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Those Beautiful Threads

Intro 1 - 1
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One of the things we love about Guatemala is the brightly coloured traditional dress of the Mayan women. About 40% of Guatemala’s population is Mayan, and there are 21 different Mayan groups in the country. People say you can identify a woman’s home town or village by the colours and patterns of her skirt (corte) and her traditional blouse (huipil).

Intro 2 - 1
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We could see the changes in traditional dress or traje as we drove through remote villages, town plazas, and central markets.

Traditional Dress Intro - 2 of 5

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Cobán

Department: Alta Verapaz
Elevation: 1,320 m (4,330 ft)
Population: ~250,700
Predominant Mayan group: Q’eqchi’

Map_Coban
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Coban New - 1
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Coban New - 2
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Coban New - 3
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Coban New - 4
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Coban New - 5
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Coban New - 6
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Coban New - 7
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Coban New - 8
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Coban New - 9
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Uspantan

Department: El Quiché
Elevation: 1,825 m (5,988 ft)
Population: ~4,200
Predominant Mayan group: Uspantek

Map_Uspantan
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Uspantan - 1 of 6
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Uspantan - 2 - 1
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Uspantan - 3 of 6
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Uspantan New - 1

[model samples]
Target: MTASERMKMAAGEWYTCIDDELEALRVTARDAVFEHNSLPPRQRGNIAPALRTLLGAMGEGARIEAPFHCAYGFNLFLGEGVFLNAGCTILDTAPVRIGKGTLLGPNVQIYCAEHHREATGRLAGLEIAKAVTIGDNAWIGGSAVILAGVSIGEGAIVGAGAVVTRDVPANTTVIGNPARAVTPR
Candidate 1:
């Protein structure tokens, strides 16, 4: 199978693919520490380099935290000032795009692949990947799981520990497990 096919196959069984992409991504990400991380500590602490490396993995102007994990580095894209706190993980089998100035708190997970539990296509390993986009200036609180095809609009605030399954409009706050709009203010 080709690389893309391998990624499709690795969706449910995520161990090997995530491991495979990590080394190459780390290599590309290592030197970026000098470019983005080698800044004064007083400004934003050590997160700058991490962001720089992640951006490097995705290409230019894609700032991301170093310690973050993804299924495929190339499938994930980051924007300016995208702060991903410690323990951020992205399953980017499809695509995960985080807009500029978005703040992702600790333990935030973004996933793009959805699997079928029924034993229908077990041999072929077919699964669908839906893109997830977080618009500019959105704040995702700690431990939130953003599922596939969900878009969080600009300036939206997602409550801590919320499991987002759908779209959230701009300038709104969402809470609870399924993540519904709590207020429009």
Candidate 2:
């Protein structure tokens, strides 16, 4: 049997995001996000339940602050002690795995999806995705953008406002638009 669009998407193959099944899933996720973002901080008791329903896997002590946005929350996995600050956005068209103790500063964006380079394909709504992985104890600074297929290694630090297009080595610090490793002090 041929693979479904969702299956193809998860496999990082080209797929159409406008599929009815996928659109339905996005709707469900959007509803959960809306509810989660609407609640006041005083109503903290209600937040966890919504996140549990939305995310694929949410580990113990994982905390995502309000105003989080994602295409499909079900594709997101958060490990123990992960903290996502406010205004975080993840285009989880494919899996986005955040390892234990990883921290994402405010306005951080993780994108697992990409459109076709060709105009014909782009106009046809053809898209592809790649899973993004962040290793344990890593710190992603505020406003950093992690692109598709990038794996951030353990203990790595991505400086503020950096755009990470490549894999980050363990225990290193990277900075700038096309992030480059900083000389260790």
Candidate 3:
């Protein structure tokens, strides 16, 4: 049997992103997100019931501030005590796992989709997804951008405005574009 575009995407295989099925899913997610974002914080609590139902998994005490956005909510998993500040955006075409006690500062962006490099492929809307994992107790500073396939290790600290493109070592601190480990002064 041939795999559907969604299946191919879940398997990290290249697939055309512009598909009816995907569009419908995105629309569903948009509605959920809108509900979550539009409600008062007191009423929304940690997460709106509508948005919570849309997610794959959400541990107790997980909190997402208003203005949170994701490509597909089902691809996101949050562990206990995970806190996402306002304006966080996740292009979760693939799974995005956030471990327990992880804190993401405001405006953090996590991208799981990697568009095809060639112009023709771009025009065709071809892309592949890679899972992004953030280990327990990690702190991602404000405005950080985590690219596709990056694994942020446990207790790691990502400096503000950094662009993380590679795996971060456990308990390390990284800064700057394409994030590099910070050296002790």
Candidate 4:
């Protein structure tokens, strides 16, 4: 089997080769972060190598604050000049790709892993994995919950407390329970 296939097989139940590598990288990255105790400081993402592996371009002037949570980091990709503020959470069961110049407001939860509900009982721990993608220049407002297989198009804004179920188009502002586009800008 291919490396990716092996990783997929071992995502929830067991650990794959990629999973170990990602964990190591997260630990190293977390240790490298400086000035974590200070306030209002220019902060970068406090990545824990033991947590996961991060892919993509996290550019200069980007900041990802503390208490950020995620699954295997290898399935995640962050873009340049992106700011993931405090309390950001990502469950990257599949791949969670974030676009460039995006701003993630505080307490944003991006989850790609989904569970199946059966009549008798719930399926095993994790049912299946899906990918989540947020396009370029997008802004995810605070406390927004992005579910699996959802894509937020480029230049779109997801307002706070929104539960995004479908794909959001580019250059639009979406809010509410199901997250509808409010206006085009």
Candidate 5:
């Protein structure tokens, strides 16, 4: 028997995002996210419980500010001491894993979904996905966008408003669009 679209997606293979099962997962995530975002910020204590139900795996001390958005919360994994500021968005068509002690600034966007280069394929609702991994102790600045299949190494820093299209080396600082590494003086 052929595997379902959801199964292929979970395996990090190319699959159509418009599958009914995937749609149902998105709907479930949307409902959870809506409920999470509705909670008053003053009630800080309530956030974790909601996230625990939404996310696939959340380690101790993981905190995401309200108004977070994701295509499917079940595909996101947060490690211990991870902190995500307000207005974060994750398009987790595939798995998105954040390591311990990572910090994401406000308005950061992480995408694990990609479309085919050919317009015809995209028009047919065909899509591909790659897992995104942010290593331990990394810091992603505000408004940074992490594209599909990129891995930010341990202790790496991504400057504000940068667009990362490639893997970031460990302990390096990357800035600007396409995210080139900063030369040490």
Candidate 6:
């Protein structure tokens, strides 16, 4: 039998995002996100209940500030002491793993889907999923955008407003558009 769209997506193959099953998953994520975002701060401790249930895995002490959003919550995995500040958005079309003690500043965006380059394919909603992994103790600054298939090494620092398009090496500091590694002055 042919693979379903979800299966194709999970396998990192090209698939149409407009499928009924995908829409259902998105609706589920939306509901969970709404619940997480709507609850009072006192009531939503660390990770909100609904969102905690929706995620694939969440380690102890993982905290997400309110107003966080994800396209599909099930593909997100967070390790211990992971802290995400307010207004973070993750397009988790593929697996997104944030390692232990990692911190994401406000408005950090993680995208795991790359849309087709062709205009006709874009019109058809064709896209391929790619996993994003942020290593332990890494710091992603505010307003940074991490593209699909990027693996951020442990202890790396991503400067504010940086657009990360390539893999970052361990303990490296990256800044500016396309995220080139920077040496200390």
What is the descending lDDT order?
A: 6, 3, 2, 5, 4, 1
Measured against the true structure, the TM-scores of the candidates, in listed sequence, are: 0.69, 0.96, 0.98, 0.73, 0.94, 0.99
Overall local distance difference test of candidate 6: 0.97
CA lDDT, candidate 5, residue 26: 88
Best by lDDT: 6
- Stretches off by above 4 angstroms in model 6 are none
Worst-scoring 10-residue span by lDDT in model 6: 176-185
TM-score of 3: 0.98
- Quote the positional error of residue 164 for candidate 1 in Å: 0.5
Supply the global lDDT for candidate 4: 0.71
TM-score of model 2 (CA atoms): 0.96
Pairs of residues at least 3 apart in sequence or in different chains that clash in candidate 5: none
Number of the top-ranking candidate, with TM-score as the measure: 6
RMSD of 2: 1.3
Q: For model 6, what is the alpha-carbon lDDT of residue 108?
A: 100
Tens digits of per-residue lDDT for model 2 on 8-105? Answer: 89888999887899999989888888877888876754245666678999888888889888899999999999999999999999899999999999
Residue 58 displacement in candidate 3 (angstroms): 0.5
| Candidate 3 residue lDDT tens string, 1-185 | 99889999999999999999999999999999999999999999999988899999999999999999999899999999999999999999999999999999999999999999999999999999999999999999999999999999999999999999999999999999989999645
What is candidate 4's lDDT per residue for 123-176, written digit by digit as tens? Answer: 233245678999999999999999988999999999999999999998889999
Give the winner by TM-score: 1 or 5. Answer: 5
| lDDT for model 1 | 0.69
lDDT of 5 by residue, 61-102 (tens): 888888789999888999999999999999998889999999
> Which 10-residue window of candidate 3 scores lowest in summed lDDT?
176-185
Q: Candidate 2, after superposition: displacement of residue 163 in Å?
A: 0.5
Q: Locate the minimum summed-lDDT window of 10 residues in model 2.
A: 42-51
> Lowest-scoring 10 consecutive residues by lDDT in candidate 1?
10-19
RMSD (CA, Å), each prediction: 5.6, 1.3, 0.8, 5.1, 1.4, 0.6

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Uspantan New - 2
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Santa Maria Nebaj

Department: El Quiché
Elevation: 1,900 m (6,200 ft)
Population: ~18,500
Predominant Mayan group: Ixil

Map_Nebaj
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Santa Maria Nebaj (‘Nebaj’ for short) is located in a valley within the highlands of the El Quiché department. Not surprisingly, the drive to get there was steep and curvy, but it was well worth the trip to see the traditional dress of the Ixil Mayan women.

Santa Maria Nebaj - 1 of 18
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Santa Maria Nebaj - 2 of 18
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Santa Maria Nebaj - 4 of 18
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Santa Maria Nebaj - 5 of 18
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Santa Maria Nebaj - 3 of 18
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Workers cleaning up a landslide

Nebaj 7 - 1
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Santa Maria Nebaj - 8 of 18
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Santa Maria Nebaj - 18 of 18
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Just as Gregor and I sat down in Nebaj’s central plaza, a funeral procession came through and flooded the church steps with a sea of red.

Nebaj - 9 - 1
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Nebaj - 10 - 1
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Nebaj - 11 - 1
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Many women use a multi-functional woven cloth called a tzute. The tzute comes in several sizes and can be used as a shawl, baby-carrier, basket-cover, or head-cover for church or for sun protection.

Nebaj - 12 - 1
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Nebaj New - 1
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The hair wrap or cinta is typically the most intricate piece of a woman’s traje. In some villages, you can tell if a woman is single, married, or has children based on how the cinta is wrapped in her hair.

Nebaj New - 2
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Nebaj New - 3
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Nebaj New - 4
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Nebaj New - 5
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Quetzaltenango

Department: Quetzaltenango
Elevation: 2,330 m (7,640 ft)
Population: ~225,000
Predominant Mayan group: Mam

Map_Quetzaltenango
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Gregor and I participated in a backstrap weaving demonstration in Quetzaltenango (‘Xela’ for short, pronounced ‘Shay-la’). We wanted to get a feel for the amount of work required to create the fabrics and garments that we saw throughout the country.

Quetzaltenango - 6 of 22
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Quetzaltenango - 7 of 22
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Making balls of yarn

Quetzaltenango - 8 of 22
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Prepping yarn for the backstrap loom

Quetzaltenango - 9 of 22
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Quetzaltenango - 10 of 22
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Quetzaltenango - 11 of 22
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Weaving a few rows on the loom